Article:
All I'm saying is that roughing a man up for operating a business which violates labor laws goes a bit beyond immature: it's a direct action against society.
There's a concept for you. Robin Hood's stealing from the wealthy was a direct assault on society, too.
Of course, I grew up as part of a cohort many of whom decided as adolescents and young adults that our society was so irredeemably immoral and corrupt that its rules should be defied, discarded and even violently opposed.
Smoking pot is not revolutionary, Dennis.
All in the service of basic fairness, right and wrong and in the context of great general ignorance about human nature and how anything can work, of course.
What Clark does in these scenes doesn't strike me as inarguably lacking in basic moral impulse at all. Quite the opposite. It does seem emotional, ill-thought and foolish. It's not going to get him the results he wants.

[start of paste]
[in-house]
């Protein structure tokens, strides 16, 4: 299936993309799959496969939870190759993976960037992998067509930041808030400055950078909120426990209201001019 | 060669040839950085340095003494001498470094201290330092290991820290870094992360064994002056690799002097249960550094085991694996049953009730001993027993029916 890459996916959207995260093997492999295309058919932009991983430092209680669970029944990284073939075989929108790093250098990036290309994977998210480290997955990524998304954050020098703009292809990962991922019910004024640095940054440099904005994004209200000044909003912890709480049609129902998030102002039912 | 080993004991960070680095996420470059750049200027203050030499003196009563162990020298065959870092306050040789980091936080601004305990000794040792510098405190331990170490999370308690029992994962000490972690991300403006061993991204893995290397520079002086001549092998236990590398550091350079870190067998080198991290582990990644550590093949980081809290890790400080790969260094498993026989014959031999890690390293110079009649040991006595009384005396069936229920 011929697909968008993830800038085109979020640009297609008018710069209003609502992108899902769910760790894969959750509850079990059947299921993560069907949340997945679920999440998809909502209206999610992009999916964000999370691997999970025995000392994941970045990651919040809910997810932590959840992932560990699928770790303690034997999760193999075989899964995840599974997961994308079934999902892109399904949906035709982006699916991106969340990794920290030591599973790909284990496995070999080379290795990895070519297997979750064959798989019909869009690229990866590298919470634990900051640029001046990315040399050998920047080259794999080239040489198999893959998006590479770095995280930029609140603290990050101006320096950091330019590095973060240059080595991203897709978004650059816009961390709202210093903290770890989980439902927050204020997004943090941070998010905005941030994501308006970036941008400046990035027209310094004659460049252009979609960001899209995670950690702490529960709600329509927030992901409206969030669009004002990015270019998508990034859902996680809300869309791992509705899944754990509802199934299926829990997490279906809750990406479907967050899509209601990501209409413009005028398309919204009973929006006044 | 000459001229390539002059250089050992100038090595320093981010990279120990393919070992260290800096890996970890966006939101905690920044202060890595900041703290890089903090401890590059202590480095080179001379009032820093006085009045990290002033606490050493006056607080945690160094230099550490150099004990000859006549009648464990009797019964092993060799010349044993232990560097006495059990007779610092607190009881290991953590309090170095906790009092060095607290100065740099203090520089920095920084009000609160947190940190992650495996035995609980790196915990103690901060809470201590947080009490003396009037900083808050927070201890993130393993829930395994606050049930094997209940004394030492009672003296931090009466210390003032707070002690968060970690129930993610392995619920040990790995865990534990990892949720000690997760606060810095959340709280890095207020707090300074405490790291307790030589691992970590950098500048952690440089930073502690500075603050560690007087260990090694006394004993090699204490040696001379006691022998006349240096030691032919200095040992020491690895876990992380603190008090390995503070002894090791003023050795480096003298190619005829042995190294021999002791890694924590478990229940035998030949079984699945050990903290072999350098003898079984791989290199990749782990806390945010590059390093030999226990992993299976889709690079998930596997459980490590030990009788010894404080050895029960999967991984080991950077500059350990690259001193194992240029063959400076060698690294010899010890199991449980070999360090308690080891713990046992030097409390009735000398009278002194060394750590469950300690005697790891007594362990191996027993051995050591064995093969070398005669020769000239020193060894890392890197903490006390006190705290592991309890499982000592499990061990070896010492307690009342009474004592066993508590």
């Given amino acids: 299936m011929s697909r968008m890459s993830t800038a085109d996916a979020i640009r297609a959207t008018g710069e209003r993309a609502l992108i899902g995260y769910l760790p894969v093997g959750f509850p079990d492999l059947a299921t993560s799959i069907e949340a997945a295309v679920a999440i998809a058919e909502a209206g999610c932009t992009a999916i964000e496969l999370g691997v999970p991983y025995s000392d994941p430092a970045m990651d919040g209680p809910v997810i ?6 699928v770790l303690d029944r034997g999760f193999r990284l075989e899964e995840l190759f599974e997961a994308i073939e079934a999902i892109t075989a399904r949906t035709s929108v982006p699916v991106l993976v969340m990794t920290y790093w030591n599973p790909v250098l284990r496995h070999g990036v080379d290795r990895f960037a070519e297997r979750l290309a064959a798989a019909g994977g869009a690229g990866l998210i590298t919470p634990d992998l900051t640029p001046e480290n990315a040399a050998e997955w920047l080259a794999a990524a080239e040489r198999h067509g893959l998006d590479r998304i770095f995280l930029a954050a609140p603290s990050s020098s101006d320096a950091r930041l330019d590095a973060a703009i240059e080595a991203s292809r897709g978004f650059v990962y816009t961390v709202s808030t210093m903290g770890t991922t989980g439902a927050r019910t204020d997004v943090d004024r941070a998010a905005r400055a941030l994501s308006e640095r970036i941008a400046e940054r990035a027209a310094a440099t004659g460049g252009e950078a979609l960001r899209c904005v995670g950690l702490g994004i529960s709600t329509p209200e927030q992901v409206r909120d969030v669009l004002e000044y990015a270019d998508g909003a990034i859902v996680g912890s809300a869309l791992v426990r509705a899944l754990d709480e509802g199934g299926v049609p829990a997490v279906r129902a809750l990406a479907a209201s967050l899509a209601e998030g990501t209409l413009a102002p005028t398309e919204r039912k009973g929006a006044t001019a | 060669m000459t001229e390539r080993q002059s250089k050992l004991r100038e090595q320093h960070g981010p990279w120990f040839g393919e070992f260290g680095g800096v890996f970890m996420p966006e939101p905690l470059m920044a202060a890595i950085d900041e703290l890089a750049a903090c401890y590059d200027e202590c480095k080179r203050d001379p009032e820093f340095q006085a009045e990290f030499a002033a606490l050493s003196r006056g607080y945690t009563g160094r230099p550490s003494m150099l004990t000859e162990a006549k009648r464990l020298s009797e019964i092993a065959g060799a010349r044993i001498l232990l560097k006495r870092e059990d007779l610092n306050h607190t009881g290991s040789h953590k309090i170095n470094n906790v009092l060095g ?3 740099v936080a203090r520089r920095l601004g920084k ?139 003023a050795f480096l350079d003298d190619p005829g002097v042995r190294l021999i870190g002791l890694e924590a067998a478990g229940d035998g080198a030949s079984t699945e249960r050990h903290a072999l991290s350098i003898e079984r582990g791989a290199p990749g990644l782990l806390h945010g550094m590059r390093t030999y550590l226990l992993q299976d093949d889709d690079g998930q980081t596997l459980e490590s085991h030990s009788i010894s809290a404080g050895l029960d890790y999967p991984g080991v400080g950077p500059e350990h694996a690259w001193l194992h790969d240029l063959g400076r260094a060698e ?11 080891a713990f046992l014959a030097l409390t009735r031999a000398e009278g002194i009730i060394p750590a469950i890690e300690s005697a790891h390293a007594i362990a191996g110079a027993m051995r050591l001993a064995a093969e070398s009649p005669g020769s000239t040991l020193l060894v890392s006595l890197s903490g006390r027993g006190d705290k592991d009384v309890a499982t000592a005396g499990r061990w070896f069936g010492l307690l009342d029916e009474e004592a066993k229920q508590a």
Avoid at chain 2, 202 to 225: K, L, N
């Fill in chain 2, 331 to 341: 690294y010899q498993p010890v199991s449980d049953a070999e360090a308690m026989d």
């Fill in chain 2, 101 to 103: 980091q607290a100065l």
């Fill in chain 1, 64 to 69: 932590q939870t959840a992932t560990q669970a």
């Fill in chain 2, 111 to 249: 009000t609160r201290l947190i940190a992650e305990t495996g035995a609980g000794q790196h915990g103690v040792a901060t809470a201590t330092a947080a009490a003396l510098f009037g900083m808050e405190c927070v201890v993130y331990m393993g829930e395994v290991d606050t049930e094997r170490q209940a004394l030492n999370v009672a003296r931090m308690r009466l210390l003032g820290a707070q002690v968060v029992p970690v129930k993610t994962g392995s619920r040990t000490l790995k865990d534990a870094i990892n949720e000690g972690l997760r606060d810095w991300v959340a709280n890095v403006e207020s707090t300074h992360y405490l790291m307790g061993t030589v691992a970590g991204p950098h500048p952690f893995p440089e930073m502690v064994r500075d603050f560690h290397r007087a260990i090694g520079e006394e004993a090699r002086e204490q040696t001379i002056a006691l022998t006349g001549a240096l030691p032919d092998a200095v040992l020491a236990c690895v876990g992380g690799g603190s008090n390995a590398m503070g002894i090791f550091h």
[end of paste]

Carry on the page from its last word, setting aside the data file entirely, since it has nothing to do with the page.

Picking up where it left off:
Okay, to clarify, I don't mean it's "beyond immature" in the sense of "it's worse than immature," but rather it is an act that demonstrates a more calculated revolutionary attitude than, say, punching a cop in the face at a demonstration (and getting beaten and/or five years in the pen for your momentary lapse of reason).
I'd say it suggests a deliberate moral reasoning to burglarize a man's house, terrorize him, perhaps purposefully attract the attention of police (so you can lecture and humiliate them), and ultimately throw the man you've brutalized out a window, all in order to make a political statement.
I mean, who did you hang out with, man? The Symbionese Liberation Army?
On a less serious note, who is that Sivana-looking dude with the creepy smile of panel 2 of the first page of the preview? Should I know that guy?